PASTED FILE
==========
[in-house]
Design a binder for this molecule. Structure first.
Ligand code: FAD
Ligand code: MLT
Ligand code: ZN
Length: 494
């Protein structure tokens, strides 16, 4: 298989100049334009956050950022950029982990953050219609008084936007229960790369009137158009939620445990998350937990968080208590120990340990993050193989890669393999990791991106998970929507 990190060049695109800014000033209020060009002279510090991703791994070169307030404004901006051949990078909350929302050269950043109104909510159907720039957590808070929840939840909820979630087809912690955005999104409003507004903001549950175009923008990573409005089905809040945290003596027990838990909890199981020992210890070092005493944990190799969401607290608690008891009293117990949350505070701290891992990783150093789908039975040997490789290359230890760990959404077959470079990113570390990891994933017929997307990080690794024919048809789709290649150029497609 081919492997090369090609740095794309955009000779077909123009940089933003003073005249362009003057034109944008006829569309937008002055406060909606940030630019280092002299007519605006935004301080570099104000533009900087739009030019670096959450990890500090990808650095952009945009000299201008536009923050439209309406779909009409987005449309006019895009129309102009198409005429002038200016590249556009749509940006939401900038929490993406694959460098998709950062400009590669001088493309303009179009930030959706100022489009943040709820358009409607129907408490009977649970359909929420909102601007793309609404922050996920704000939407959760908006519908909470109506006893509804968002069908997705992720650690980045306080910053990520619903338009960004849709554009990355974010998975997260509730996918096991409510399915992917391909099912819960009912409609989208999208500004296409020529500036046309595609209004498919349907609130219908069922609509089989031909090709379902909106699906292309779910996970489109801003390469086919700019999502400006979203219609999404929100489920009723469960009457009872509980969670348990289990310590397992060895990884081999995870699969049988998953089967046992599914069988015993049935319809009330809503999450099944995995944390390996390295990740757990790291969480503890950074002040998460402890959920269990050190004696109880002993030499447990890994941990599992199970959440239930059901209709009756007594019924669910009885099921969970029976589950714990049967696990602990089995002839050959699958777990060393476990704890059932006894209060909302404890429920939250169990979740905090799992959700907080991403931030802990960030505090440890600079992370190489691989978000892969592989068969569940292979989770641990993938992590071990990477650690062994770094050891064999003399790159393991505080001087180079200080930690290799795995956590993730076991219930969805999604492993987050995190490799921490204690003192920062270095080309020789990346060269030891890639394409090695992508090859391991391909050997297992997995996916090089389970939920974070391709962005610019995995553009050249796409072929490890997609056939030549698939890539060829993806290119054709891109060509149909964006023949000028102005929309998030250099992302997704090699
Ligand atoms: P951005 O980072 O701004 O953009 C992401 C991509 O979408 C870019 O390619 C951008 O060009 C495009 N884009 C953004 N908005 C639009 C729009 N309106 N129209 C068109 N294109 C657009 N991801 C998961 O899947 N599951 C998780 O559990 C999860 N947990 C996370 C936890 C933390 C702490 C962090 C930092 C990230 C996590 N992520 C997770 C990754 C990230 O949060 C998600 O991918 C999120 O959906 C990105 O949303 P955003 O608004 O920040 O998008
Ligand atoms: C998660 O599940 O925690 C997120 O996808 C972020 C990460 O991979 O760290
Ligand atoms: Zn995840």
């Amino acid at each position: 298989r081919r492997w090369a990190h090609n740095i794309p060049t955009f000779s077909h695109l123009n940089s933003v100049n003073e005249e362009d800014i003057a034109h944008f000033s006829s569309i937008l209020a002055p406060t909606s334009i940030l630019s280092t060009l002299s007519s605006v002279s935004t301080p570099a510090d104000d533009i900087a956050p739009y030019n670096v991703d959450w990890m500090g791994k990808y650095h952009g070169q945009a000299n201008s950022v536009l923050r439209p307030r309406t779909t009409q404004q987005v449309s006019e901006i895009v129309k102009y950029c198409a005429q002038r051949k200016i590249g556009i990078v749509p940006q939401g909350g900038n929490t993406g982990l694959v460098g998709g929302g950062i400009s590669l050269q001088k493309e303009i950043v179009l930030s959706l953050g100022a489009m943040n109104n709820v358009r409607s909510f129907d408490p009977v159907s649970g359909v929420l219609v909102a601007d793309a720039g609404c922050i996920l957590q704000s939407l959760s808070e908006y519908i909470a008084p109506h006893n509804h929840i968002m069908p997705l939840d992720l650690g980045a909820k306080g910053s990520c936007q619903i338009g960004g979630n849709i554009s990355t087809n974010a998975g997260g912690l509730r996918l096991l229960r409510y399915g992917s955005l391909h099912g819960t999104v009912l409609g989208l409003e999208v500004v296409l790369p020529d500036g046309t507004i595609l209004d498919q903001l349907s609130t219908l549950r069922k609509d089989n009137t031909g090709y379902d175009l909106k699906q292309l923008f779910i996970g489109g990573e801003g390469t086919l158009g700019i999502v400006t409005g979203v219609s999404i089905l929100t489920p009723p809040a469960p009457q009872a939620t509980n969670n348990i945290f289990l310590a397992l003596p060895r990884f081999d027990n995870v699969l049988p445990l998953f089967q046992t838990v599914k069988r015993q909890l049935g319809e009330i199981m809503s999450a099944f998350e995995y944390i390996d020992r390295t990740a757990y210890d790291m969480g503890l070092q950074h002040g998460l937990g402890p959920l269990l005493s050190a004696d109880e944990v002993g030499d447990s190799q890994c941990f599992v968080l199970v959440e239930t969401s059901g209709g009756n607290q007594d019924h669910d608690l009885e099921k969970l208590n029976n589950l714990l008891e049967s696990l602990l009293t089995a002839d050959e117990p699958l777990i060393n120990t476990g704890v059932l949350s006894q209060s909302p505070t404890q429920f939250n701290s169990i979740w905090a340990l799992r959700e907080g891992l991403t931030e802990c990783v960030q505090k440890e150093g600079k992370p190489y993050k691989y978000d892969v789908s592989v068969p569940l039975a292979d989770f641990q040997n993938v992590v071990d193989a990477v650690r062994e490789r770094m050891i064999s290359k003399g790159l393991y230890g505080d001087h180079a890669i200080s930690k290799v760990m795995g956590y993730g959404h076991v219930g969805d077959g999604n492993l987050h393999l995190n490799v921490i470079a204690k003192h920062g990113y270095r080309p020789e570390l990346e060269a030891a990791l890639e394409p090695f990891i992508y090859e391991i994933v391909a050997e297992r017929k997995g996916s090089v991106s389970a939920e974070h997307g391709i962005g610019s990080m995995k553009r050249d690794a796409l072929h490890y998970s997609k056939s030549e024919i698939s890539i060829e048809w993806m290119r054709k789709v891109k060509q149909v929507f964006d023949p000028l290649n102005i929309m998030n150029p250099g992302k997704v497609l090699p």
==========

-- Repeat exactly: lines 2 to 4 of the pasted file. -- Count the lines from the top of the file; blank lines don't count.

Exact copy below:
Design a binder for this molecule. Structure first.
Ligand code: FAD
Ligand code: MLT